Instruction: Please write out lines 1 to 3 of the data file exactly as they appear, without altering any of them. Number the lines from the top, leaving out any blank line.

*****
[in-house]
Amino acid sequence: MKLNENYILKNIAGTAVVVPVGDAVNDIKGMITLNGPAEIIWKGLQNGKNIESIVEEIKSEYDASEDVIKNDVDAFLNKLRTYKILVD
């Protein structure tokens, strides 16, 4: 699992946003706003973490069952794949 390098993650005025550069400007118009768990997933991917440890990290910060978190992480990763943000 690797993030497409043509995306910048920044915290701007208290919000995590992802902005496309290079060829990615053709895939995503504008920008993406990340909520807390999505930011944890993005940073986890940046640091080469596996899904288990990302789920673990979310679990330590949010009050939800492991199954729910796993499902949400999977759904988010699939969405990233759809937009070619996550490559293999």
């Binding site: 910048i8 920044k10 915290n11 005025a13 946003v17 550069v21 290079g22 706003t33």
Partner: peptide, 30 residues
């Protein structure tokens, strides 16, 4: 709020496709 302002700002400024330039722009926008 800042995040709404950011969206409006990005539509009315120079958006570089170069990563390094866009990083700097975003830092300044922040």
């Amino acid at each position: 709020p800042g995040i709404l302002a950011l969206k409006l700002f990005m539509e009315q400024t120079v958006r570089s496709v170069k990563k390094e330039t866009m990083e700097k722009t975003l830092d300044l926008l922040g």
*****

[in-house]
Amino acid sequence: MKLNENYILKNIAGTAVVVPVGDAVNDIKGMITLNGPAEIIWKGLQNGKNIESIVEEIKSEYDASEDVIKNDVDAFLNKLRTYKILVD
């Protein structure tokens, strides 16, 4: 699992946003706003973490069952794949 390098993650005025550069400007118009768990997933991917440890990290910060978190992480990763943000 690797993030497409043509995306910048920044915290701007208290919000995590992802902005496309290079060829990615053709895939995503504008920008993406990340909520807390999505930011944890993005940073986890940046640091080469596996899904288990990302789920673990979310679990330590949010009050939800492991199954729910796993499902949400999977759904988010699939969405990233759809937009070619996550490559293999």